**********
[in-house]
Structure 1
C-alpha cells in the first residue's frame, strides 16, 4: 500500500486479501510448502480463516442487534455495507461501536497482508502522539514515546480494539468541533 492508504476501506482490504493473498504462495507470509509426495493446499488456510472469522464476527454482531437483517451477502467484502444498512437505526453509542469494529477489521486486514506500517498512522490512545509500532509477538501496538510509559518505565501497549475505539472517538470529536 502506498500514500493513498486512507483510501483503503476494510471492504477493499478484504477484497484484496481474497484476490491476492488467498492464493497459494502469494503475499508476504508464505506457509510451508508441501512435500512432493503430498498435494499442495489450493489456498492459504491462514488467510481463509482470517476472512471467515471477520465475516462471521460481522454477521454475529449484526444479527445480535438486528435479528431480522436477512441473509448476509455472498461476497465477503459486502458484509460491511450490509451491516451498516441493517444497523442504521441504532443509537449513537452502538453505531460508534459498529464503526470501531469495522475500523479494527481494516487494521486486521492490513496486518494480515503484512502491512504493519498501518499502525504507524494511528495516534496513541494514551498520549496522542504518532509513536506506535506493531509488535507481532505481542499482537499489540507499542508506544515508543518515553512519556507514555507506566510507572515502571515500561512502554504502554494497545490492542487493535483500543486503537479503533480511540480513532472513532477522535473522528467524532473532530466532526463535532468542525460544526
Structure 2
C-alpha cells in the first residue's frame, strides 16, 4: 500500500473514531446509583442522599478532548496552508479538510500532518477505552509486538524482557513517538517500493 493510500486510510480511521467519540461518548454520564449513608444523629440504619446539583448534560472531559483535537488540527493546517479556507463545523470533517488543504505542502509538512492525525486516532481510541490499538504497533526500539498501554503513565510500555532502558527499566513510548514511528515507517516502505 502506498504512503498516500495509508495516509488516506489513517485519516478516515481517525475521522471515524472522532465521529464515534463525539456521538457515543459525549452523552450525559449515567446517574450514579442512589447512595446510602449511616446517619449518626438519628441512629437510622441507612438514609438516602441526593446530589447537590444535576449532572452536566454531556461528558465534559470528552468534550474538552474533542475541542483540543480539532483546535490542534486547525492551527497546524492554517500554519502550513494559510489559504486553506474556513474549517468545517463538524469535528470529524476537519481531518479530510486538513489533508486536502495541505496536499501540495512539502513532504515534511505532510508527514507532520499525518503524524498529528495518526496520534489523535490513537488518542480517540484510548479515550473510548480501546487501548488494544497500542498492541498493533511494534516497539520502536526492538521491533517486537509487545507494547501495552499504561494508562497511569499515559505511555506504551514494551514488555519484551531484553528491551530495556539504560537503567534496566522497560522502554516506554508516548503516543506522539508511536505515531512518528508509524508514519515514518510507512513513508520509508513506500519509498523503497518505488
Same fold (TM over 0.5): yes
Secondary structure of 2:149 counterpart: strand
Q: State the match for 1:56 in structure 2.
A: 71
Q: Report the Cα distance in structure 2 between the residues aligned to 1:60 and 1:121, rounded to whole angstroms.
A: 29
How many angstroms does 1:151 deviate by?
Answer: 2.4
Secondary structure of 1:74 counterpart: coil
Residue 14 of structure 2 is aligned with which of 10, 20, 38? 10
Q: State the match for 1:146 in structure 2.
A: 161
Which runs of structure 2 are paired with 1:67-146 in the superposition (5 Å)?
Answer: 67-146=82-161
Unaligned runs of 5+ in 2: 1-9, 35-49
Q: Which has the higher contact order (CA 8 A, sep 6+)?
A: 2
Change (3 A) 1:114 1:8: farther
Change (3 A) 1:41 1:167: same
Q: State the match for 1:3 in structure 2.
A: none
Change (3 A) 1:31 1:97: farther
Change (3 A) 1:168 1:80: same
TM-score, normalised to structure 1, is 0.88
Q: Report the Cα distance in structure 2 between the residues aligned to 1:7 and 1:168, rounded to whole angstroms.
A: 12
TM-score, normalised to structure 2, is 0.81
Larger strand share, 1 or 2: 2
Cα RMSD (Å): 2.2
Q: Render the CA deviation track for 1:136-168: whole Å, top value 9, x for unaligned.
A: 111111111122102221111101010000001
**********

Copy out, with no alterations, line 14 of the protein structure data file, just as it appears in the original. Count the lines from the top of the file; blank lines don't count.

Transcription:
Secondary structure of 1:74 counterpart: coil